Grass-fed dairy cattle roam a section of pasture on James Swantz’s farm in Kalona, Iowa. (Rachel Mummey/For The Washington Post)

A recent article by Tamar Haspel argues that the local and organic food movement can’t fix our food system. If this movement were solely focused on “buy fresh, buy local” at farmers markets and upscale restaurants, we would agree. However, bigger changes are underway for sustainable agriculture. Farmers and others in the sustainable food movement pursue a broader vision of change in agriculture.

Fresh market vegetable production in the United States takes up about 1.63 million acres of land. This pales in comparison to the 218 million acres dedicated to corn, soybeans and wheat. As Haspel points out, we need to think beyond locally grown produce to protect the environment and provide good jobs. Our vision for sustainable agriculture and the food system includes crops and livestock, as well as farmers, processors, distributors and markets, so more consumers can access sustainable food, year-round. What does this look like?

More grass-fed meat, milk and cheese: Grass-fed dairy and meat isn’t just a hipster thing. Pasture-based livestock production is a key ingredient in a sustainable food system. Nearly half the corn we grow feeds livestock that could graze. Perennial pasture protects water by holding soil in place year-round, unlike corn and other annual crops. Grass-based farming is a great start-up strategy for farm businesses, because it requires lower investments in equipment and facilities.


Earl Canfield has started growing oats to help diversify his corn-soybean rotation in Dunkerton, Iowa. (Rodney White/AP)

More-diverse crop rotation: By feeding livestock more grass and less grain, farmers can diversify crop production to include pasture, small grains such as wheat and oats, and such cover crops as clover. Rotating many different crops in a field builds soil and naturally disrupts the pests and diseases that strike when a farmer grows only one or two crops.

More-diverse crop rotations and perennial crops reduce pollution from soil erosion and fertilizer runoff that mucks up lakes and rivers, and leads to “dead zones” in the Gulf of Mexico and elsewhere. Diverse crop rotations also help farmers cope with extreme weather and erratic markets. Thanks to new tools and technology, it’s easier than ever to implement complex crop rotations on large farms.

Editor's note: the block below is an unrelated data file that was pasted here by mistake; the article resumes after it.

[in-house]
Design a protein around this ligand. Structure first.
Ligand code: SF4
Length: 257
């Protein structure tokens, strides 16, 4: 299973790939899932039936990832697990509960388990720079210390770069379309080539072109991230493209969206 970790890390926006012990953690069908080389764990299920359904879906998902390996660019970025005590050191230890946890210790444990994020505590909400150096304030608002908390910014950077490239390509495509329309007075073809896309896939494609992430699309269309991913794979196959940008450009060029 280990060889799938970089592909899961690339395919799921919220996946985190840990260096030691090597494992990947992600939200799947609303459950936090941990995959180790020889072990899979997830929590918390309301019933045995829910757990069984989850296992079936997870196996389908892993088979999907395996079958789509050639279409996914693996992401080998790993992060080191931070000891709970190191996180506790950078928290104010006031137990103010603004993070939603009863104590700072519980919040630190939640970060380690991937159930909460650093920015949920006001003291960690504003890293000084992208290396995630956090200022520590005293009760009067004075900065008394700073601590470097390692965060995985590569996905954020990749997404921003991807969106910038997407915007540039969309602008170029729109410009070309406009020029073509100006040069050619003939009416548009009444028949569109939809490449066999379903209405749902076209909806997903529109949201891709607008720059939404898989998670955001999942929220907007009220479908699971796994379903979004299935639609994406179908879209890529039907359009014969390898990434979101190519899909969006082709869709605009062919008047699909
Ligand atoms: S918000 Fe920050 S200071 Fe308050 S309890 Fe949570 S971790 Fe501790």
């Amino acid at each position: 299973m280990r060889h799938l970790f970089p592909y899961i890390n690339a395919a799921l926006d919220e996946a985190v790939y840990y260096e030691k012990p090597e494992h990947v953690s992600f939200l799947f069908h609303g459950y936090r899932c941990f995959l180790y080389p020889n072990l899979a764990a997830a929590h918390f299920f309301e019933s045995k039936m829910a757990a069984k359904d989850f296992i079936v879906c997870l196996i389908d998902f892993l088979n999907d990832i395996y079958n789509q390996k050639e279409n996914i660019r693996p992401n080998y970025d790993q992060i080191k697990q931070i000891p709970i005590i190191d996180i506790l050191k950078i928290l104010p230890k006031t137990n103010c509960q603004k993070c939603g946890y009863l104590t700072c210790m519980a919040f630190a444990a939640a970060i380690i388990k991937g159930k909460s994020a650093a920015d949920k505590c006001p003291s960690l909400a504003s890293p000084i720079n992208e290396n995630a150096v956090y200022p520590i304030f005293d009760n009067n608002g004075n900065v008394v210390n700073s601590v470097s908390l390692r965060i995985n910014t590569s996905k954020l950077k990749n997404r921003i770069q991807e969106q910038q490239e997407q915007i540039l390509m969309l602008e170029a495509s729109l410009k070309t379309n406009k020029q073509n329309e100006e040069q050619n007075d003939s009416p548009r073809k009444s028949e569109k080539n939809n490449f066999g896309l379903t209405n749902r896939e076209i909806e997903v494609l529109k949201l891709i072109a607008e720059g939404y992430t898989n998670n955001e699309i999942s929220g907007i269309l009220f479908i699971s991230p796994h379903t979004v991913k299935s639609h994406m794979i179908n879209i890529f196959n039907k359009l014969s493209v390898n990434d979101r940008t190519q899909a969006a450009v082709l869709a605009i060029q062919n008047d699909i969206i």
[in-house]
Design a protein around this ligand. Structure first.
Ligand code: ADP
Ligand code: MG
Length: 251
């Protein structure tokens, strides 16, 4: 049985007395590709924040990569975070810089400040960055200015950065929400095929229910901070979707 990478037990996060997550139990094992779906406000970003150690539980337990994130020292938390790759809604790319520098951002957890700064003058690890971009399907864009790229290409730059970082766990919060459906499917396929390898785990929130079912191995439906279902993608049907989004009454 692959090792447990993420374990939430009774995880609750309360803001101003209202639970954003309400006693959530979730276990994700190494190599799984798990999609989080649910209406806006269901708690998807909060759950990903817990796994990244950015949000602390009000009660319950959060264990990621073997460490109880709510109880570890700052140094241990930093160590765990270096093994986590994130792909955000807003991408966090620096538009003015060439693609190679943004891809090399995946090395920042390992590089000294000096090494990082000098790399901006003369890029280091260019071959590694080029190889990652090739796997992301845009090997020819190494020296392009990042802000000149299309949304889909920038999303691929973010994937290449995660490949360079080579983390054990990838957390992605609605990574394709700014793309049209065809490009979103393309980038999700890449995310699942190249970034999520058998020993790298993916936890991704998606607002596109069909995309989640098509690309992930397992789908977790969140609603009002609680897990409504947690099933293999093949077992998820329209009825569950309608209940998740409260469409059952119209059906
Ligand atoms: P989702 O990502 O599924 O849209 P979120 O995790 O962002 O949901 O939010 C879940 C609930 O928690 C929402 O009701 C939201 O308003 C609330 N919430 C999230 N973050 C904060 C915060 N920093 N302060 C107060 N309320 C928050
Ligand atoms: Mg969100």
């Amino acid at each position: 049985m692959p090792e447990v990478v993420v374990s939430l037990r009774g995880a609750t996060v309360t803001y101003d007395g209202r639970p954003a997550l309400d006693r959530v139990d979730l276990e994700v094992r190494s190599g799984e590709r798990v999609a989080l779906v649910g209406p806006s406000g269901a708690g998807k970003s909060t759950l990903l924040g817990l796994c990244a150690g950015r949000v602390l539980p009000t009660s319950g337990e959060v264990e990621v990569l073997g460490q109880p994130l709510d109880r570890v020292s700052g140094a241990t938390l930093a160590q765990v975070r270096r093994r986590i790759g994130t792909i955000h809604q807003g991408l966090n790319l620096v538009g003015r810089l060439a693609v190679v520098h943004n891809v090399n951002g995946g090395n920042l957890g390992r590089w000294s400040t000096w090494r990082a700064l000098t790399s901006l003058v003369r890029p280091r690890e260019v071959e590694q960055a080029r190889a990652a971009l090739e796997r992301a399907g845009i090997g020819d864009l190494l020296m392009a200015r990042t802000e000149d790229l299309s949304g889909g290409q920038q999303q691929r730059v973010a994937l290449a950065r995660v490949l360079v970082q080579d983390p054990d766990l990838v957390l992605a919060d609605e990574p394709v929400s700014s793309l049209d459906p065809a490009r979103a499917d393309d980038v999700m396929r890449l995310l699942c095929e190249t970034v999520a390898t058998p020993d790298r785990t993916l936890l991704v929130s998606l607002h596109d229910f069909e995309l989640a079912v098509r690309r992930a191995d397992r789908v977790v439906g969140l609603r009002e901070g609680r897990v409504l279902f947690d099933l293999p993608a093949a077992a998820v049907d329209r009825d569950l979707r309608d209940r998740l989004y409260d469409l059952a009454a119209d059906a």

Reclaimed forest and wild lands: U.S. farmers grow far more grain than we need. Landowners can convert some agricultural land to a more natural state without affecting our food supply. Forests, grasslands and wetlands can reduce runoff into lakes and streams, provide wildlife habitat and harbor biodiversity. That said, restoring wild lands must be done in a way that respects farmers and the public.

Good jobs, from farm to table: Scaling up local food systems through regional processing, distribution and marketing can achieve economies of scale without sacrificing the environmental benefits of diverse farming systems. Regional food systems can provide consumers with organic and sustainable food year-round, and create jobs.


Farmworker Chris Volkman examines a rice field in Richvale, Calif., in 2014. (Jae C. Hong/AP)

Farmer, farmworker and food worker livelihoods are part of our food system. Farmers receive, on average, 15.6 cents of the consumer food dollar. Small farms that sell directly to customers may earn more by eliminating distributors and marketers. However, larger farms may provide more stable employment, better working conditions and higher compensation for farmers and their employees. As Haspel observes, a healthy food system operates at a variety of scales.

Cities that encourage local and regional food processing and distribution may also create a food culture that supports locally owned groceries and restaurants, improving access to good food and good jobs.

More engagement with policy: Consumer buying power alone won’t fix our food system. Public and private policies influence how our food is grown, processed, transported and sold. The Farm Bill sets the agenda for U.S. agriculture. But health care, labor, transportation, energy, immigration, banking and other policies influence farmers’ decisions on what to plant, how to manage the farm, whom to hire and whether to take an off-farm job.

When we engage with food policy, whether by serving on the board of a local food co-op or contributing to the work of national policy organizations, we amplify the impact of conscientious food purchasing and pave the way for a better food system. Policies that support a diverse landscape and multiple scales of agriculture through more sustainable farming systems and land management, fair pricing and wages, and strategic economic development will ultimately improve the health and well-being of people, communities and the environment.

Let’s make food policy work and put research into practice. The innovations necessary for a more sustainable food system exist. The challenge lies in scaling them up and expanding their reach.

Jackson is faculty associate at the University of Wisconsin-Madison Center for Integrated Agricultural Systems (CIAS). Miller is associate director, Porter is research program manager and Day-Farnsworth is a postdoctoral researcher at CIAS.